We next wanted to investigate the impact of NETs on colon cancer cell migration and adhesion. The potent neutrophil chemoattractant CXCL2 was used to stimulate neutrophil migration. It was found that CXCL2 stimulation of neutrophils provoked expulsion of DNA containing citrullinated histone 3 and MPO (Figure 5), suggesting that CXCL2 is an effective stimulus of NET formation. Next, we stimulated neutrophils with CXCL2 and harvested conditioned media from the cells. It was found that co-incubation with this conditioned media potentiated CXCL2-induced colon cancer cell migration (Figure 6A6B). Importantly, addition of DNase I to this conditioned media markedly reduced CXCL2-triggered migration (Figure 6A6B). By use of flow cytometry, we found that CT-26 cells express the αv (Figure 6C) and β3 integrin (Figure 6D) subunits. Vitronectin is one of the most important ligands of αv integrins and we therefore evaluated CT-26 cell adhesion to wells coated with vitronectin. It was found that conditioned media from CXCL2-stimulated neutrophils increased CT-26 cell adhesion to vitronectin (Figure 6E). This increased colon cancer cell adhesion was abolished by immunoneutralization of CD51 (αv integrin) (Figure 6E). Moreover, addition of DNase I abolished colon cancer cell adhesion to vitronectin provoked by conditioned media from CXCL2-stimulated neutrophils (Figure 6E). Finally, co-incubation of neutrophils with the CXCR2 antagonist SB225002 markedly reduced the effect of CXCL2 conditioned media on colon cancer adhesion to vitronectin (Figure 6E).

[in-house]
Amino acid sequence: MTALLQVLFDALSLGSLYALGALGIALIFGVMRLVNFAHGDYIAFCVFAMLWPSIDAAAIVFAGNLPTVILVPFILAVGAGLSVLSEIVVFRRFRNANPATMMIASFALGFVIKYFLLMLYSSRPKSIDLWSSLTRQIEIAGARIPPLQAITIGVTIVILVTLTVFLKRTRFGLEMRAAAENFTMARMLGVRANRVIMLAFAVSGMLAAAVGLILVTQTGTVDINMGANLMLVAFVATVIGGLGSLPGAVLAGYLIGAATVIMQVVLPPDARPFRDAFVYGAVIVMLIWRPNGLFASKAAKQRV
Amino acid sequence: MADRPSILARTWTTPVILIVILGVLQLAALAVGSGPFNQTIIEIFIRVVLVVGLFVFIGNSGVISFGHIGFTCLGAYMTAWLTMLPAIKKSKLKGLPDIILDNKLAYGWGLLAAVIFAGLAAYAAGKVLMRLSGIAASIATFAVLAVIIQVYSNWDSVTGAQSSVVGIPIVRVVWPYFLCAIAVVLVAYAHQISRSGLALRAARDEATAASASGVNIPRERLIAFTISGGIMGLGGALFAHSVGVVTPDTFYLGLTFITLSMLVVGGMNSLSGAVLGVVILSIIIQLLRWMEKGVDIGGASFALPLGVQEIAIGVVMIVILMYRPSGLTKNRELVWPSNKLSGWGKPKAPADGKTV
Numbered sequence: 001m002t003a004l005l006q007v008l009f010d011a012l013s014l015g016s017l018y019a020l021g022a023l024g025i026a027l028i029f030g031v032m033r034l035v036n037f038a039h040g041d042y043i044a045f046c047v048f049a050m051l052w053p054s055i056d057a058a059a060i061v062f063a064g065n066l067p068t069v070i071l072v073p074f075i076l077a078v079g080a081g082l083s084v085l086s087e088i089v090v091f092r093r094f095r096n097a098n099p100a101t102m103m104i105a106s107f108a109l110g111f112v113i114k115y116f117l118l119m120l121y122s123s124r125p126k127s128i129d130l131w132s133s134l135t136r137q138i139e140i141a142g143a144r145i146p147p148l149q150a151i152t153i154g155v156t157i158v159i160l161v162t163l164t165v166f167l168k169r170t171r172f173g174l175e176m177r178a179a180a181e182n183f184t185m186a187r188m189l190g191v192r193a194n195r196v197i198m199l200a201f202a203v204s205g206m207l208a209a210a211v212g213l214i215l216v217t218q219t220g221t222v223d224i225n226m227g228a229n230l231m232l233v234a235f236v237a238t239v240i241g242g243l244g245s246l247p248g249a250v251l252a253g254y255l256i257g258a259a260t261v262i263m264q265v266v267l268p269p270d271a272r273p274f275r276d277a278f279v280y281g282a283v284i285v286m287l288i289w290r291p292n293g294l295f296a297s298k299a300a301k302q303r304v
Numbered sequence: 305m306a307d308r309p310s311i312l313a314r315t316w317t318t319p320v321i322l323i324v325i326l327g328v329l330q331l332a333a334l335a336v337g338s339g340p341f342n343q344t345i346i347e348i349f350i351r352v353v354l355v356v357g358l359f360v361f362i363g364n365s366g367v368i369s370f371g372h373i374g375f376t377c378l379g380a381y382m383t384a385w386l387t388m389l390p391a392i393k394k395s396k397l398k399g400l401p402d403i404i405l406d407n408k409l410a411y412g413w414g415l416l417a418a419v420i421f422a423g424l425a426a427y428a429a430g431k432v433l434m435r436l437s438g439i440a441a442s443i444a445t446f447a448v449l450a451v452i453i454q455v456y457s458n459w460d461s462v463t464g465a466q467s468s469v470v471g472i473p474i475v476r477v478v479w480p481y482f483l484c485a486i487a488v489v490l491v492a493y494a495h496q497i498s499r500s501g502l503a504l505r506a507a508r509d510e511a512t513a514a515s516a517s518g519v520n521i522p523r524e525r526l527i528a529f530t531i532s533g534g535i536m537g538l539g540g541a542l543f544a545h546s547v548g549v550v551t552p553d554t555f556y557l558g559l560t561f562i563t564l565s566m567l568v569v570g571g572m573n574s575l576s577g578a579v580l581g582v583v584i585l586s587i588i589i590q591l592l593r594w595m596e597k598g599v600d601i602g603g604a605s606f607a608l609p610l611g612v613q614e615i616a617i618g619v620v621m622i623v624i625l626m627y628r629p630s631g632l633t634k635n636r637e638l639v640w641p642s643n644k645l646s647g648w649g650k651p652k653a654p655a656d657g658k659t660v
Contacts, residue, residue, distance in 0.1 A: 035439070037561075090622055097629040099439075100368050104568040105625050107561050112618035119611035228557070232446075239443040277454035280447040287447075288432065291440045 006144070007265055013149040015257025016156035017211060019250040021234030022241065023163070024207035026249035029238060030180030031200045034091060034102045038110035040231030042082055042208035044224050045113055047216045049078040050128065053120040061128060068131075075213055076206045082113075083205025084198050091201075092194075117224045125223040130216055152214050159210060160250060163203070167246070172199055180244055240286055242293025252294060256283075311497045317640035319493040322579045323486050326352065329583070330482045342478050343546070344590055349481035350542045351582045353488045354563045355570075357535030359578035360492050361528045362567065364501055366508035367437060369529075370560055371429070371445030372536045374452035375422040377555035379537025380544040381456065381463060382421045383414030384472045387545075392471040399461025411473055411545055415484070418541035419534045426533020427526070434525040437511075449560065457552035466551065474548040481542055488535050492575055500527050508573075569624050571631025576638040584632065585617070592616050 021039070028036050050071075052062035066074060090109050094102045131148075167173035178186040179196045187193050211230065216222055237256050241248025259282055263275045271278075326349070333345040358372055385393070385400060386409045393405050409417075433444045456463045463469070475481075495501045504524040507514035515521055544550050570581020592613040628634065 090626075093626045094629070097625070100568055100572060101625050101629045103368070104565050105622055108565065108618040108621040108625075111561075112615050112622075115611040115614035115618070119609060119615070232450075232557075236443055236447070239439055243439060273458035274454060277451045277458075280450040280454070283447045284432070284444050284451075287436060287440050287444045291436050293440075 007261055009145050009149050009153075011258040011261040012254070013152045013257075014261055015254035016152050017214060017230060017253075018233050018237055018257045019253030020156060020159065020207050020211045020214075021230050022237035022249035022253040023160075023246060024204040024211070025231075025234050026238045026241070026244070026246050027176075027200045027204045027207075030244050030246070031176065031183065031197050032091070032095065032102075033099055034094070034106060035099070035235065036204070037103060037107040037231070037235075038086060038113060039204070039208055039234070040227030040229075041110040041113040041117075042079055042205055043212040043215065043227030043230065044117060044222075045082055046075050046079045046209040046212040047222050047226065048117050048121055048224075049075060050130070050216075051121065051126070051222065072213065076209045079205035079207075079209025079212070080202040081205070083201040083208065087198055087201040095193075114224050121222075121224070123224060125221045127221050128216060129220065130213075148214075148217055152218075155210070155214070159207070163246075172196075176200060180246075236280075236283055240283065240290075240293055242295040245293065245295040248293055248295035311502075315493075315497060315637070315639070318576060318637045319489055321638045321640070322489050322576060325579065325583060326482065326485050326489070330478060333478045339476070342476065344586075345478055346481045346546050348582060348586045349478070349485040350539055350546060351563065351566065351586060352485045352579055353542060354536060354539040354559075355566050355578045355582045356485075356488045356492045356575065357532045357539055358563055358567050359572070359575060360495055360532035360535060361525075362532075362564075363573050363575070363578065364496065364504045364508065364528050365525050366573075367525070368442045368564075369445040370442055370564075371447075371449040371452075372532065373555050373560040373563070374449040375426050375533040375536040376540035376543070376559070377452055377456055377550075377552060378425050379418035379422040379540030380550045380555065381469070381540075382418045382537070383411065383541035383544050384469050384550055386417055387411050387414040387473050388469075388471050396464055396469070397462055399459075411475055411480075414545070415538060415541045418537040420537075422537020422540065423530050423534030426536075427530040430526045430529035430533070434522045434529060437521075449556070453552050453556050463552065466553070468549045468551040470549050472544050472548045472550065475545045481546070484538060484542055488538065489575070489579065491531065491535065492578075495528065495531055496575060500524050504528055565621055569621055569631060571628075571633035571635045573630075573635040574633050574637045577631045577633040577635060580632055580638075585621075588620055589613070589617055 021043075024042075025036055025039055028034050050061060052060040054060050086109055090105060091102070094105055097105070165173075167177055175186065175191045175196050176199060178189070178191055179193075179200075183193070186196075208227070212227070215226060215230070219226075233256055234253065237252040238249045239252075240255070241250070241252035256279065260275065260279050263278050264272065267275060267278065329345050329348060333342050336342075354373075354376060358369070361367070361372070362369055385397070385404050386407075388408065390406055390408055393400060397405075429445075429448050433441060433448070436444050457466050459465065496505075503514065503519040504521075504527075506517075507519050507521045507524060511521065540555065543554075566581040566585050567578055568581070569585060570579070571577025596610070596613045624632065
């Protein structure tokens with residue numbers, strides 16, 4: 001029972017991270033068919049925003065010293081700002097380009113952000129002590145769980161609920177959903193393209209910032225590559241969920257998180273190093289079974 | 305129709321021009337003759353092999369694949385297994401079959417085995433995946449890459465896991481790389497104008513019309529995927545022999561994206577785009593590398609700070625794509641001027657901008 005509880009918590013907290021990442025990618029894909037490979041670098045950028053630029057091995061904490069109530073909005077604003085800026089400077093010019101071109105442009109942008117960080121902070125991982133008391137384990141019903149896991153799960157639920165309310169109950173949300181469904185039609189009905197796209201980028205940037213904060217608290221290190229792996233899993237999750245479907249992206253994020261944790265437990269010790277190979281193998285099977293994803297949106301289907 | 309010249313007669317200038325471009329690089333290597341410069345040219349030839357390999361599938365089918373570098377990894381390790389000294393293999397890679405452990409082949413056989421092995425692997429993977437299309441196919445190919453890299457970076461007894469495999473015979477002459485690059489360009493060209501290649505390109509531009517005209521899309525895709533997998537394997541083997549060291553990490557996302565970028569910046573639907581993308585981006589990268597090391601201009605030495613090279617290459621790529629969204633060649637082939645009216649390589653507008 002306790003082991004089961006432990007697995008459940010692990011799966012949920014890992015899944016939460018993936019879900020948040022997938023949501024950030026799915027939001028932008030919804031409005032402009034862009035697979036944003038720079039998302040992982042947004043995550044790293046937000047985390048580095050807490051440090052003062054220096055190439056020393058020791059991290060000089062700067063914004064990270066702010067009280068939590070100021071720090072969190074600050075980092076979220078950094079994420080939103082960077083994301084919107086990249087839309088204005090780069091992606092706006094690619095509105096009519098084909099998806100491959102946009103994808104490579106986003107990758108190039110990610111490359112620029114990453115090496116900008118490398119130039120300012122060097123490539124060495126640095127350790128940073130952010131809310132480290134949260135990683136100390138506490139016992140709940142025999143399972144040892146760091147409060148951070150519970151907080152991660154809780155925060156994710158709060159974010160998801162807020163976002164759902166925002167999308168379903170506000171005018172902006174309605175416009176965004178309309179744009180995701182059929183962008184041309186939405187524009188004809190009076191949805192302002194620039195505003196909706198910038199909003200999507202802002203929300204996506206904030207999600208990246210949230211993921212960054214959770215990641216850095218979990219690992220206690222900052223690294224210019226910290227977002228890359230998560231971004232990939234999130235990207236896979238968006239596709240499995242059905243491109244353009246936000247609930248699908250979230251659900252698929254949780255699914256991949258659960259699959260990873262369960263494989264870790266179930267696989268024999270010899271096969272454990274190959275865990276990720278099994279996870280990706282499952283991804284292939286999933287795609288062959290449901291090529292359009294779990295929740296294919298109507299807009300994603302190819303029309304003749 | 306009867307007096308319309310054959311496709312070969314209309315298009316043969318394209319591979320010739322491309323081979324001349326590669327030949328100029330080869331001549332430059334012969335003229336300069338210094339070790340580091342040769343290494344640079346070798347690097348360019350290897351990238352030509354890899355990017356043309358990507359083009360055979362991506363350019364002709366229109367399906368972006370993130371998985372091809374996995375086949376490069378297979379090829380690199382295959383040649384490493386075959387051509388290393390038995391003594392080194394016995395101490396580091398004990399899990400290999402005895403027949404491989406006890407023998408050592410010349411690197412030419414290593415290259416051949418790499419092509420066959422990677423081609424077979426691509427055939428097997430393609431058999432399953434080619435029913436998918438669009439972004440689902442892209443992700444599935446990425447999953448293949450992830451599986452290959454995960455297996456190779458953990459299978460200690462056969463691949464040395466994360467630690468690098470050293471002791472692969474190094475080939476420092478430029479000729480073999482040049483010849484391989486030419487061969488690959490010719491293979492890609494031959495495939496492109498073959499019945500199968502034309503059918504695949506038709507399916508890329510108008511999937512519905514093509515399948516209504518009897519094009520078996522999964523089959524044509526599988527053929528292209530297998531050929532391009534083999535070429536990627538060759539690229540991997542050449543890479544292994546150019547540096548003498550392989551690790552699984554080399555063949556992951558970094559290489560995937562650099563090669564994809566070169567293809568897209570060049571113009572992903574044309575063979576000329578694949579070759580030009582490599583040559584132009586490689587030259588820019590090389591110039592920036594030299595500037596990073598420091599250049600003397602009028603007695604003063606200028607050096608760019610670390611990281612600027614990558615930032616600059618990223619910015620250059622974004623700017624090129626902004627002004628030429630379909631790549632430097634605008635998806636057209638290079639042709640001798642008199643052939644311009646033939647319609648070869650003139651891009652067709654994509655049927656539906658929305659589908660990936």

NET regulates colon cancer cell migration and adhesion.

Figure 5: NET regulates colon cancer cell migration and adhesion. Representative confocal imaging showing NETs formation in isolated neutrophils. NETs were generated by CXCL2-stimulation (3 h), co-incubated with or without DNase I (50 μg). Neutrophils were immune-stained with antibodies to citrullinated histone 3 (H3Cit-green), myeloperoxidase (MPO-red), and DAPI-blue to counterstain DNA. Non-stimulated neutrophils served as a control. One representative image from four independent experiments; Scale bar, 25 μm.

NET regulates colon cancer cell migration and adhesion.

Figure 6: NET regulates colon cancer cell migration and adhesion. (A) Conditioned media from neutrophils stimulated with CXCL-2 and co-incubated with vehicle or DNase I (50 μg) was used to study colon cancer cell migration as described in Materials and Methods. Migration was quantified by counting cells in 10 High Power Fields in 5 different fields. Migration index was calculated as the ratio of the number of migrated cells divided by the number of cells in the insert wells. (B) Representative images showing colon cancer cell migration. (C, D) CT-26 cell surface expression of αv and β3 integrins. (E) Conditioned media from neutrophils stimulated with CXCL-2 and co-incubated with vehicle, the CXCR2 antagonist (SB225022), anti-CD51 antibody or DNase I (50 μg) was used to study colon cancer cell adhesion to vitronectin as described in Materials and Methods. Data represents mean ± SEM and n = 5.

DISCUSSION